Tuesday, February 21, 2012

A Thousand Of My Closest Friends


Tuesday, February 21, 2012

“Who’s that nun holding the fish?” I wonder aloud as I see the photo on my Facebook page. And why is that guy telling me and everyone else what he thinks of Bobby Brown? Why does my daughter keep griping about how cold it is in northern Michigan (especially since it’s all the way up into the 20s)? And that guy with same name as me—he posts every day about nothing in particular, except that he does it in Dutch, which makes it seem even more odd and remote.

And why do I keep going on to Facebook? What am I looking for? Until now I’ve stayed off the subject of Facebook, which I became involved in only recently. I’ve considered the fact that I have a blog, which is perhaps only a more drawn-out and verbose version of Facebook. Who am I to cast stones here, when I have a page dedicated to long attenuated rants on whatever is in my head at the time? At least the people who post on Facebook say only a sentence or two. And I’ve considered the possiblity that whoever is reading this is thinking very much the same thing about me that I’m thinking about the nun with the fish, the guy with the opinion of Bobby Brown, my Florida daughter visiting the north, and the Dutch guy with the same name as mine.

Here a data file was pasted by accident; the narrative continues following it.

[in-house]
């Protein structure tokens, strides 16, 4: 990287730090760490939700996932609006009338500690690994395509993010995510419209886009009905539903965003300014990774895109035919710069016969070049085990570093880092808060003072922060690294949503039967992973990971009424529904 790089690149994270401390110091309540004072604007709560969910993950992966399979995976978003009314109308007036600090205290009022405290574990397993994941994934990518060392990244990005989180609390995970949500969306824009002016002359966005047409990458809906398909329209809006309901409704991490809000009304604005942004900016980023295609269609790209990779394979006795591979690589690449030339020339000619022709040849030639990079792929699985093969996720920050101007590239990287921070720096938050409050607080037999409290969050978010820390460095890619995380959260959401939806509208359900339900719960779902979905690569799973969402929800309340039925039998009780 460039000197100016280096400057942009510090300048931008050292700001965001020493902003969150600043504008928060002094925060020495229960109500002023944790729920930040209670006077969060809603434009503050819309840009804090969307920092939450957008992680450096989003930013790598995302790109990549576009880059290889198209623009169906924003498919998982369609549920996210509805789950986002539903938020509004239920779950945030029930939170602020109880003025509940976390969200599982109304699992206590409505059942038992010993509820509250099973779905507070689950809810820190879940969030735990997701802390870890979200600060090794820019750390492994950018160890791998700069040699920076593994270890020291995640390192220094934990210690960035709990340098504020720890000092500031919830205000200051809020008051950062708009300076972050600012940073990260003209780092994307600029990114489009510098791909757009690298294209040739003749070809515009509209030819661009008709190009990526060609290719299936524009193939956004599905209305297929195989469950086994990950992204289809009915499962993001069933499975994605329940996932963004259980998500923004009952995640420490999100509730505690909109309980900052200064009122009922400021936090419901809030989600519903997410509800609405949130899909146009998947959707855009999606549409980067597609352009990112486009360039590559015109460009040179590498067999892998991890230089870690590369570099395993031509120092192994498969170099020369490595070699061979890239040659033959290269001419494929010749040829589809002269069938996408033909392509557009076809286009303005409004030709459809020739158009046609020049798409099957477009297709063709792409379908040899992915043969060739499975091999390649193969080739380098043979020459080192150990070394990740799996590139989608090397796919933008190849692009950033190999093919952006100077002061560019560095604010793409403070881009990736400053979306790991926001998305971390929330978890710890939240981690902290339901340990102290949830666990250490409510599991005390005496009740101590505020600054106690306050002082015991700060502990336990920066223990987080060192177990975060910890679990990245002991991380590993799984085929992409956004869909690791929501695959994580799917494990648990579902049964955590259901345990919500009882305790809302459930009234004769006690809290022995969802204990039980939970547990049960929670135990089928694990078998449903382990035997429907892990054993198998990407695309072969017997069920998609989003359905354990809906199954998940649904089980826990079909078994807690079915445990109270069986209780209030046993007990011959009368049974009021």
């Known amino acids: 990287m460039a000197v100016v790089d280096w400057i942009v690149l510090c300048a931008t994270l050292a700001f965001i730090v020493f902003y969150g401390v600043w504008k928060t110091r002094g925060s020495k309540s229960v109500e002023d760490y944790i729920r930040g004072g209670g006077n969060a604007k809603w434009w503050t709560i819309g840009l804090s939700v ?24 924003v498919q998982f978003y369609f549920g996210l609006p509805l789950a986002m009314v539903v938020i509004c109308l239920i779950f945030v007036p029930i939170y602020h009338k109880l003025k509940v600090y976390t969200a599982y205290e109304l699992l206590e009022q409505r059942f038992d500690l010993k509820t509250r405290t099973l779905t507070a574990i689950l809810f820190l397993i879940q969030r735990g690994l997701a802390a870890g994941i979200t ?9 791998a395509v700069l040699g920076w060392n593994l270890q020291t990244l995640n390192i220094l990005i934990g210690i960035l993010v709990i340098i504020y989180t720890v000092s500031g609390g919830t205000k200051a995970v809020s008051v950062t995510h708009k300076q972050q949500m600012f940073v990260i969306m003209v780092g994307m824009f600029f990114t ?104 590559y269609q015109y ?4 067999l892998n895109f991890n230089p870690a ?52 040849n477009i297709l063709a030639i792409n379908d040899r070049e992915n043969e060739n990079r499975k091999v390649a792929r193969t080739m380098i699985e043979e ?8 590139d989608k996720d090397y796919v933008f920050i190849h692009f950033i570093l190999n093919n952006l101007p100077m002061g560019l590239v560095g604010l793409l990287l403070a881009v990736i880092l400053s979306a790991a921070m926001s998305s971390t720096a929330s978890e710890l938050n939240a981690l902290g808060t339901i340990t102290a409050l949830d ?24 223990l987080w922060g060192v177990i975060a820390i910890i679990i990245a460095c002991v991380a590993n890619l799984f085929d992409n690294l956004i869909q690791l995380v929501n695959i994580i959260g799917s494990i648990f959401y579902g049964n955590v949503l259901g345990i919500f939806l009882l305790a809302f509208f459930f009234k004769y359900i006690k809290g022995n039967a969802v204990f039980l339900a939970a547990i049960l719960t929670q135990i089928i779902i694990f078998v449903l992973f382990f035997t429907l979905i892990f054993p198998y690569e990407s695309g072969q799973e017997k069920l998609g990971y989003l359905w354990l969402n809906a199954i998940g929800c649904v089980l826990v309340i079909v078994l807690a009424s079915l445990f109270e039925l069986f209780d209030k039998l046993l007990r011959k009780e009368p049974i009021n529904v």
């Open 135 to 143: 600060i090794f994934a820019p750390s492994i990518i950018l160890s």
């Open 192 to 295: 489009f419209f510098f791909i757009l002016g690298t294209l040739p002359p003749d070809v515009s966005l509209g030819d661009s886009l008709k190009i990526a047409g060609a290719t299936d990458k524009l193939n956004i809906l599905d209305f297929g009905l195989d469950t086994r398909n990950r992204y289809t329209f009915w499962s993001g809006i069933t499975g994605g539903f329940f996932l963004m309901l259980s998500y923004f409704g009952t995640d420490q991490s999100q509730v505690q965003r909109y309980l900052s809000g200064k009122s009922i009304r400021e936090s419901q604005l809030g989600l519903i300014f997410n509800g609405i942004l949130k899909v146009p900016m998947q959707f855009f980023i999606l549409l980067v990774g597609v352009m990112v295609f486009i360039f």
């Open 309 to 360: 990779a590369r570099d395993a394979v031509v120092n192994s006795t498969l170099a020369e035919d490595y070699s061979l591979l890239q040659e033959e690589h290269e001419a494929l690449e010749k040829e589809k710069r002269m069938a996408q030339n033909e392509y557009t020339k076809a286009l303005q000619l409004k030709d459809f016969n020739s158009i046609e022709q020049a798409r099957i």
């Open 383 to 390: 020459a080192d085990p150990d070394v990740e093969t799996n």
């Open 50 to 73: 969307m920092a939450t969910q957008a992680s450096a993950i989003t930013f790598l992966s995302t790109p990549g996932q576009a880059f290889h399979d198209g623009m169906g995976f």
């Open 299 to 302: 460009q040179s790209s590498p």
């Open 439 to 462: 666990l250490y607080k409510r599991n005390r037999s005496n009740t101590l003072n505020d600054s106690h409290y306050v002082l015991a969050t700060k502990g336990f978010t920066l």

The Dutchman, by the way, is one of two people with the name Peter Teeuwissen on my “friends” list, and the only reason I befriended—or more accurately “friended”—them is that we share the same first and last names and have never heard of each other. In Holland, ancient land of the Teeuwissens, this is perhaps no big deal, but where I come from it qualifies as pretty damn close to amazing, or at least weird and unsettling, like discovering your doppelganger. Part of the reason I added the two Peter Teeuwissens, I must confess, other than trying to find out if they’re shirt tail relatives, is that I have comparatively few friends on Facebook. At present I have a paltry 50 of them, including my children, a grandson, and several cousins and cousins-in-law. And also the Dutch guys who may or may not be cousins. Perhaps we’ll never know if we are, and in the meantime I’ll keep reading their daily postings that say things like “Voel me ineens oud..." which, thanks to Facebook’s handy built-in translator, I know means “I feel suddenly old.” It’s written above a photo of an audio cassette and a pencil. The photo bears the legend, in English, “Our children will never know the link between the two.” I had to think about that for a minute. First I assumed it was about the relationship between an instrument of the primitive technology of communication (pencil) and a piece of the obsolete technology of communication (cassette). Then it hit me. I was analyzing it the wrong way. The pencil is for rewinding the cassette. Cute.